PTA moms get a bad rap. They’re the brunt of jokes, the subject of ridicule, and always depicted in the same tightly-boxed, stereotypical fashion, akin to matronly sorority sisters. Sure, it’s funny at times and deserving at others, but after recently completing a two year term as PTA president, I feel that it’s my duty to come to these moms’ defense.

In case you’ve just arrived on the planet, the Parent Teacher Association (or PTA) is an auxiliary group usually affiliated with an elementary school (in some cases, they serve middle and high schools, as well) and exists to supplement its needs. Its motto is “One child, one voice” or something to that effect, but really its primary purpose is to raise money for the school. Because underfunding education seems to be a universal policy, parent groups with similar objectives exist all over the world.

On average, 83 percent of the funding for a K to 12 public school in our country comes from the state and district locality, while the federal government’s share is approximately 8.3 percent. The rest comes from private sources, specific grants, and outreach programs. In an underserved or sparsely populated district, the PTA helps to fill discretionary budget gaps.

In addition to its monetary role, the PTA sponsors events and offers services, like helping the Health Department administer hearing and vision screenings, bringing teachers dinner on conference night, and monitoring the lunchroom. All this is done in a volunteer capacity, so why the flack?

seeking freelance writers to submit work about families, parenting and kids

The success of such movies like “Bad Moms” (which was incidentally written and directed by men who admittedly never attended a PTA meeting) and TV shows like “The New Adventures of Old Christine” (in which PTA moms are portrayed as expired cheerleaders with no lives outside of meddling in grade school politics) makes PTA membership an increasingly difficult sell. (For the record, I have yet to meet a mom even remotely similar to these women at our meetings – or anywhere else for that matter.)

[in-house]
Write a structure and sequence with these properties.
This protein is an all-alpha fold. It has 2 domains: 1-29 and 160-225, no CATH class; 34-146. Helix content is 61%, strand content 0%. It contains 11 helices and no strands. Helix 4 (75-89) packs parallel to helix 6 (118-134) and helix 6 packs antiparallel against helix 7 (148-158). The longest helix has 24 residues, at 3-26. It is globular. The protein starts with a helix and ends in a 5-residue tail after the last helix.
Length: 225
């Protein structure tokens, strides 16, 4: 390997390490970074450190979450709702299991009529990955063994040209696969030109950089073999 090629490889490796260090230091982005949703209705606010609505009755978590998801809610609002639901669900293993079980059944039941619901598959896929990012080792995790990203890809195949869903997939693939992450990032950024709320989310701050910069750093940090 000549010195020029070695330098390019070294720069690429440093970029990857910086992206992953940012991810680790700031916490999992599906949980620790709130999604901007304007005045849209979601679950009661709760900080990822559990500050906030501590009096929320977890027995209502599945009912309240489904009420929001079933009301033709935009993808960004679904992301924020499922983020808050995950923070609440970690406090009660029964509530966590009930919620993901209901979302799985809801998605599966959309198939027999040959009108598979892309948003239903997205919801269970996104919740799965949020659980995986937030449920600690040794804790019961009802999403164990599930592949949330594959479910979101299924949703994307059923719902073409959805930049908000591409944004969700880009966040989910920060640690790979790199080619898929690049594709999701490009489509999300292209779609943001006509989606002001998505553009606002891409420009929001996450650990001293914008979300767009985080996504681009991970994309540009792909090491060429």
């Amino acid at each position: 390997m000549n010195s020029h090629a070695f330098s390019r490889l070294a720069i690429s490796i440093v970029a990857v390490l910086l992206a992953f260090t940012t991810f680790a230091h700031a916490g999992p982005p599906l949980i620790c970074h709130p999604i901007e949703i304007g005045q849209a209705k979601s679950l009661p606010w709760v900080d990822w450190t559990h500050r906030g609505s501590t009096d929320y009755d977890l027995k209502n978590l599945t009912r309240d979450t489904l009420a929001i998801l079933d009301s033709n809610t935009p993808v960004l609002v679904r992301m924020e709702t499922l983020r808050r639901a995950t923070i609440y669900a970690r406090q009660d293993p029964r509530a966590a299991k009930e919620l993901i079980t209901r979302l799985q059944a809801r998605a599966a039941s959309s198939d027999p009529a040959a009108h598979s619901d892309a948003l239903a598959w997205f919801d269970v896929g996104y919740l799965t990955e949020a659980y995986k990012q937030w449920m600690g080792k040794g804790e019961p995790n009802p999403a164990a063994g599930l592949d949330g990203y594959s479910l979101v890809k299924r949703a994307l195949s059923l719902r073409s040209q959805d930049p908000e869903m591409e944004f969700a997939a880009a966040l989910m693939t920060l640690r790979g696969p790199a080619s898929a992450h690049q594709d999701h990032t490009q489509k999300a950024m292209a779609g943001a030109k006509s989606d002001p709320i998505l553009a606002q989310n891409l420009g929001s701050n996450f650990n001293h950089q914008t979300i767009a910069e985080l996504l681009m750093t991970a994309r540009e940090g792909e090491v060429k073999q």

From my years of experience as a PTA mom, I can attest that most of us become card-carrying members out of a sense of obligation to contribute our time and energy toward the greater good of our children’s education, not because we want to be in a clique or are looking for something to do in our free time besides eat bonbons and go to the gym. If friendships evolve as a byproduct of spending time with one another, so be it. Consider it hazardous duty pay, not an episode of “Desperate Housewives.”

I see the growing animosity toward the PTA mom as an extension of the ongoing rift between working moms and stay-at-home moms, where each resents the other for what she perceives is misplaced judgement. The volunteer claims it is her sacrifice that allows the working mother to go earn money and further her career, confident that someone else will show up to sell sweatshirts or pass out combs on picture day. The working mom maintains the position that she doesn’t have the luxury to not get paid and anyone assuming otherwise has no idea. Both have valid points, yet neither is in a position to legitimately criticize the opposition.

I have stood at the PTA membership table during our school’s open house to recruit new parents, doing my best to appear approachable but not pushy, nice but not phony, sincere but not too serious. For what? So other women will not think my volunteering is a catty social outlet and instead see it as the worthy cause it is? To allay preconceived notions about bake sales? To get them to please help a sister out?

I have been rebuffed at said membership table by neighbors, by my daughter’s friends’ parents, by moms I knew before we were moms, and by my own sister. Then I’ve been contacted privately at a later date by these same people when their basketball team needed uniforms, or a kid needed a camp scholarship, or when they needed bodies to help distribute pies. I’ve held my tongue, kept their secrets, and quelled disgruntlements, all the while wondering what the hell was in it for me. But not really. I already knew.

My reward has been the mighty influence I’ve wielded over the years, influence like knowing what child could use extra help and then discretely delivering it, or determining which fundraiser would afford us new traffic pylons but not be too burdensome on our families, or sitting on hold for 45 minutes to discuss our tax exempt status with an IRS agent. Powerful influence like that is why most moms join the PTA.

The next time you’re tempted to brush us off as goody-two-shoes snobs who gossip for sport and vie for a nonexistent reserved-for-the-PTA-president parking spot, remember this: we didn’t want to join either – we got guilted into it.